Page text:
dt_tuple=tuple([int(x) for x in strdate[:10].split('-')])+tuple([int(x) for x in strdate[11:].split(':')])
datetimeobject = datetime(*dt_tuple)
print(type(datetimeobject))
print(datetimeobject)
7. Python - The most commonly used string operations - String type conversion - str to datetime

Replace string

To replace a part of the string in Python, we have a built-in replace() function that returns a string where all instances of a substring are replaced with another substring:

my_string = "Welcome to 'Quick intro to Python 3 for AWS automation engineers' course"
new_string = my_string.replace("Python 3", "Python 3.9")
print(new_string)
10. Python - The most commonly used string operations - String type conversion - replace substring

Substrings lookup

Several methods in Python can be used to look up a substring in a given string.

Let’s take a look at the most commonly used ones.

In statement

The easiest and most common way to check if a string contains a substring in Python is to use in operator in if-conditional expression:

course_name = "Welcome to 'Quick intro to Python 3 for AWS automation engineers' course"

if 'AWS' in course_name:
    print("This course is about AWS")
11. Python - The most commonly used string operations - String type conversion - Substring lookup - in statement

Startswith

Python’s startswith() function determines if the string begins with a given substring:

course_name = "Quick intro to Python 3 for AWS automation engineers"

if course_name.startswith('Quick'):
    print('This is a quick course')
12. Python - The most commonly used string operations - String type conversion - Substring lookup - startswith

Find

In Python, you can use the find() built-in function that returns the index of the first instance of a substring in a string. If the desired substring is not found in the given string, the find() function will return -1 instead of generating an exception:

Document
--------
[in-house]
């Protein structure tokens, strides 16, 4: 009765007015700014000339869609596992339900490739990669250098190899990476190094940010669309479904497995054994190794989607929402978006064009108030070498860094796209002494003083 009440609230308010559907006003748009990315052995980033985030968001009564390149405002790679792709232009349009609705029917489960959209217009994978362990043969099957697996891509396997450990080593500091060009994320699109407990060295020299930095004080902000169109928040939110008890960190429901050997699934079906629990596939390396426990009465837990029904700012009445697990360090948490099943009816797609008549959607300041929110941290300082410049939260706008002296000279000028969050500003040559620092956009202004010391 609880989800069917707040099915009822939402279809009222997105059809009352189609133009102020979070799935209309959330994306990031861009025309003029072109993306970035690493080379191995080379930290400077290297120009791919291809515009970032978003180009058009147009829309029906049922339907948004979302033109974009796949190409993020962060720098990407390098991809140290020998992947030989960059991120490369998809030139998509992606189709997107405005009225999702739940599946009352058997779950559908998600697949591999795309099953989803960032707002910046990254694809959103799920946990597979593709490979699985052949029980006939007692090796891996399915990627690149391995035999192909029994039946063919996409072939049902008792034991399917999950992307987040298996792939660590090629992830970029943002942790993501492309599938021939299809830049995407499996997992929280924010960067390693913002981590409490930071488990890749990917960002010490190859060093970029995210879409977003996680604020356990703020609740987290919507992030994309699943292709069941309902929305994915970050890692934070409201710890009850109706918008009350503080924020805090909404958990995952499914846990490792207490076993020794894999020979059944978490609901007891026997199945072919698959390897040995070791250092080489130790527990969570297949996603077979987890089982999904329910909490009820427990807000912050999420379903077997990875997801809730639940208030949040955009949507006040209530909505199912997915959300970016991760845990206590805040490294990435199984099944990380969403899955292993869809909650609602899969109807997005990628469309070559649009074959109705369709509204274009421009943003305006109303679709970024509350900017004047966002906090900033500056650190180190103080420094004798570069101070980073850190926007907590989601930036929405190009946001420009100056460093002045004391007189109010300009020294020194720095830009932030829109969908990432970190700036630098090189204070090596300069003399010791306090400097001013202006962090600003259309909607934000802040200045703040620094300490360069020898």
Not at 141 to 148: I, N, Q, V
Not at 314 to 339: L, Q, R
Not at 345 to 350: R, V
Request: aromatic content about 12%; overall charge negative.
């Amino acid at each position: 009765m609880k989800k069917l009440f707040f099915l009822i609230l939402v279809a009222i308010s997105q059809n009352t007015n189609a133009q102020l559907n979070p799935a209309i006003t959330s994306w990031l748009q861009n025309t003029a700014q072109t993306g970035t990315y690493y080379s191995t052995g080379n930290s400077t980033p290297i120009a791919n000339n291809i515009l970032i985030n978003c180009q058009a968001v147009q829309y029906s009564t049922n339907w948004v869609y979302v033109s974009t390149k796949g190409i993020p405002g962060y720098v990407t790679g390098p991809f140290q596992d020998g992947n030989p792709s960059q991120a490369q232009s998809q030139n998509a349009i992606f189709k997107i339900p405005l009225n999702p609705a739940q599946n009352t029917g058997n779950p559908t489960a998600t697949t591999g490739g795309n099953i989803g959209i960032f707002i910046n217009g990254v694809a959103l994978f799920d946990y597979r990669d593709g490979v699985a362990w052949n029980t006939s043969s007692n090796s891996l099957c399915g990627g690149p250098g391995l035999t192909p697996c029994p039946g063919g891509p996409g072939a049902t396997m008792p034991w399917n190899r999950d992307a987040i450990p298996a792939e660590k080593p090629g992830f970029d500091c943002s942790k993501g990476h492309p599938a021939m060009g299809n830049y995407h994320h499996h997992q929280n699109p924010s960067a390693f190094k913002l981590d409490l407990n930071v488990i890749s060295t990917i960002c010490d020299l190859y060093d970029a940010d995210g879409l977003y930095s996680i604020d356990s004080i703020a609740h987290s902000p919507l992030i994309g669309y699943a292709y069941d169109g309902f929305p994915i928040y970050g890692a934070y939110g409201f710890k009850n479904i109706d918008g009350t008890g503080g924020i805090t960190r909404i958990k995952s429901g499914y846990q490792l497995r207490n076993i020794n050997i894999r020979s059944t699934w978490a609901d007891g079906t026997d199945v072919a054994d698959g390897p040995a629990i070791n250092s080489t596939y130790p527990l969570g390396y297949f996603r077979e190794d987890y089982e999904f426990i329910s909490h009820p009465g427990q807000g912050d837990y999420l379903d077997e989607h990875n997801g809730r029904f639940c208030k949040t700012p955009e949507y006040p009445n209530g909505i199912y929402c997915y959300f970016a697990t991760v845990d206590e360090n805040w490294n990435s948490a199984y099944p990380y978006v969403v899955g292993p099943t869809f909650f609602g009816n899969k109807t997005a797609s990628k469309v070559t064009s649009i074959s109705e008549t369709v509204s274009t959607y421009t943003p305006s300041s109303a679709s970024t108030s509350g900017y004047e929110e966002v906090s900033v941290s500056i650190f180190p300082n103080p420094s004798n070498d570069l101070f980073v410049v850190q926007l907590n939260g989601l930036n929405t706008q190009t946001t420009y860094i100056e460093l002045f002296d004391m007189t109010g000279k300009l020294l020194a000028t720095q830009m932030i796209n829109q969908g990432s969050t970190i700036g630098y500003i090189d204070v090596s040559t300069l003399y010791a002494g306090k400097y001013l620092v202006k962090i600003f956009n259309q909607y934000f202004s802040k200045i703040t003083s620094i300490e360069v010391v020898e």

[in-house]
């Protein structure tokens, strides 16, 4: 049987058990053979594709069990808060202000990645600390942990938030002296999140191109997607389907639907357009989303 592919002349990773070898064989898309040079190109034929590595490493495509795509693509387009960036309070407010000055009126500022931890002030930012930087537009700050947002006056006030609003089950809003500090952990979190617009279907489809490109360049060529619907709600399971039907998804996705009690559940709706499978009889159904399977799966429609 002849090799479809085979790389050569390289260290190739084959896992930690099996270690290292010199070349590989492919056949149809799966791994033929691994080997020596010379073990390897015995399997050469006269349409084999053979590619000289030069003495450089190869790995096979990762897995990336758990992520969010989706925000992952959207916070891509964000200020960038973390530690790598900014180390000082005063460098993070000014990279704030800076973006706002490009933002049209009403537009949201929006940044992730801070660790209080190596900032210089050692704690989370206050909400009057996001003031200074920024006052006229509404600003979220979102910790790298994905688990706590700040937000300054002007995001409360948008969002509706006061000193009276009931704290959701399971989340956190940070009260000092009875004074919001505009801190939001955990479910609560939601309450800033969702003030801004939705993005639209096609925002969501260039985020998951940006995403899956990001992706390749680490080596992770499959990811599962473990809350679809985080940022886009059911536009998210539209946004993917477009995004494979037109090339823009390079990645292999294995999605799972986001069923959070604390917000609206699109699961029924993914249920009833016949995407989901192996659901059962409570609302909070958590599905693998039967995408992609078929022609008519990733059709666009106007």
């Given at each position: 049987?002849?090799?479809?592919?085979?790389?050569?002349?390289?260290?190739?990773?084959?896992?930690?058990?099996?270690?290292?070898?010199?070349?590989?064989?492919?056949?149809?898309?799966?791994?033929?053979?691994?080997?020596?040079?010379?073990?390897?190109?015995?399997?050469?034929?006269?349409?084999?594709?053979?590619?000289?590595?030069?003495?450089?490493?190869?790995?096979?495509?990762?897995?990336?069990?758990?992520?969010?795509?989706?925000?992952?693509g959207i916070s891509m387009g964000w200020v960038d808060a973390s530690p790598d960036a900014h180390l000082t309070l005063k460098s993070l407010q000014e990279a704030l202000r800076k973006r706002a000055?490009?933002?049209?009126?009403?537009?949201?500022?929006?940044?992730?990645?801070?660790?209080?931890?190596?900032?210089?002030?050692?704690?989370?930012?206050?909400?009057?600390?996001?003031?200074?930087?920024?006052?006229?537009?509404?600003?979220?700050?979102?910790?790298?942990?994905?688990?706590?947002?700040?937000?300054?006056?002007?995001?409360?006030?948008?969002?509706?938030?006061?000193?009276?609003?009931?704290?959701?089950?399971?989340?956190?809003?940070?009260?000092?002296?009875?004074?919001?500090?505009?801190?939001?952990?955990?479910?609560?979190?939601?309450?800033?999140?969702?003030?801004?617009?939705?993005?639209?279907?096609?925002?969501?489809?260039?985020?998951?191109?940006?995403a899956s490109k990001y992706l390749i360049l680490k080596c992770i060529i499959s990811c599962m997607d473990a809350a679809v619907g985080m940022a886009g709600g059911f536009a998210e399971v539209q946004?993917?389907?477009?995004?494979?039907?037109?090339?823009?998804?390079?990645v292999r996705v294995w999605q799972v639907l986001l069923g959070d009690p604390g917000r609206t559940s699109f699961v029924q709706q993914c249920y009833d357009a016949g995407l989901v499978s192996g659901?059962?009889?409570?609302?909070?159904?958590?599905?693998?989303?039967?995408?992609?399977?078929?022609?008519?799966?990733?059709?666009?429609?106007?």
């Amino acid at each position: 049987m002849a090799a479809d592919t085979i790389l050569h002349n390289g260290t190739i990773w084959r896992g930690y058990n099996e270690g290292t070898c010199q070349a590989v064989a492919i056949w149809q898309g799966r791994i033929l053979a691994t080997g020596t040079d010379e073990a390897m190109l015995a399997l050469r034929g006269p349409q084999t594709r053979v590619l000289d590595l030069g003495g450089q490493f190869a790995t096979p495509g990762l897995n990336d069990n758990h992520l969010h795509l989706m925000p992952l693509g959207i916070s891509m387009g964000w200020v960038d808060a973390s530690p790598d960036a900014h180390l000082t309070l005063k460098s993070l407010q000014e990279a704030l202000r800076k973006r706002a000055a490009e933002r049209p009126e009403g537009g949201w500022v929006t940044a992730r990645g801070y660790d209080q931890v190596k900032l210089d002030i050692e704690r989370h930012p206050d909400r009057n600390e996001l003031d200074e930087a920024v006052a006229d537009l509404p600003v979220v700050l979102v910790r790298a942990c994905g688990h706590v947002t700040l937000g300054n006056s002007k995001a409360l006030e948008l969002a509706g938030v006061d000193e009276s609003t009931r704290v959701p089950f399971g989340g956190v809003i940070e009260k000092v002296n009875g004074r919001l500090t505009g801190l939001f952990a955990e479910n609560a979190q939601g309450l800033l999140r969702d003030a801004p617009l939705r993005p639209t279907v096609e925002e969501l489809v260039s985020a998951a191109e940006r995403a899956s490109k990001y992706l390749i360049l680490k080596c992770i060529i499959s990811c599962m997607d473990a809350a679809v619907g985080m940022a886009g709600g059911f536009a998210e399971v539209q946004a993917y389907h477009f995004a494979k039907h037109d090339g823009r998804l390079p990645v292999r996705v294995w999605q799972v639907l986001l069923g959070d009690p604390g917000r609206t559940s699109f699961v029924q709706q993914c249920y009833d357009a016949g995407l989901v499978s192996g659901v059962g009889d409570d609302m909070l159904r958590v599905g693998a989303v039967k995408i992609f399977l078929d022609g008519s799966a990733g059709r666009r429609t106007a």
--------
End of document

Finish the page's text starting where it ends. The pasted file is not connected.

course_name = "Quick intro to Python 3 for AWS automation engineers"
word = 'intro'
position = course_name.find(word)
if position != -1:
    print(f"'{word}' found at position {position}")
else:
    print(f"'{word}' not found")
13. Python - The most commonly used string operations - String type conversion - Substring lookup - find

String length

To determine string length in Python, you can use the len() built-in function:

course_name = "Quick intro to Python 3 for AWS automation engineers"
course_name_length = len(course_name)
print(f'Course name is {course_name_length} characters')
14. Python - The most commonly used string operations - String type conversion - String length

Reverse string

If you need to reverse a string (flip characters in the string in reversed order), use the reverse() function:

my_string = "0123456789"
reversed_string = ''.join(reversed(my_string))
print(reversed_string)
15. Python - The most commonly used string operations - String type conversion - Reversed string

Trim string

If you need to remove white space characters at the beginning and end of the string, you can use the strip() built-in Python function.

All leading and trailing whitespace characters, such as \n, \r, \t, \f, and spaces will be removed using the Python strip() method:

course_name = "    Quick intro to Python 3 for AWS automation engineers    "
course_name = course_name.strip()
print(f"Result: '{course_name}'")
16. Python - The most commonly used string operations - String type conversion - Trim string

Summary

This guide has demonstrated the most commonly used string operations such as string concatenation, type conversions to int, float, list, and datetime. You have learned substrings lookup, replace, split, trim operations, and how to get string length, reverse string, and replace substring from a given string.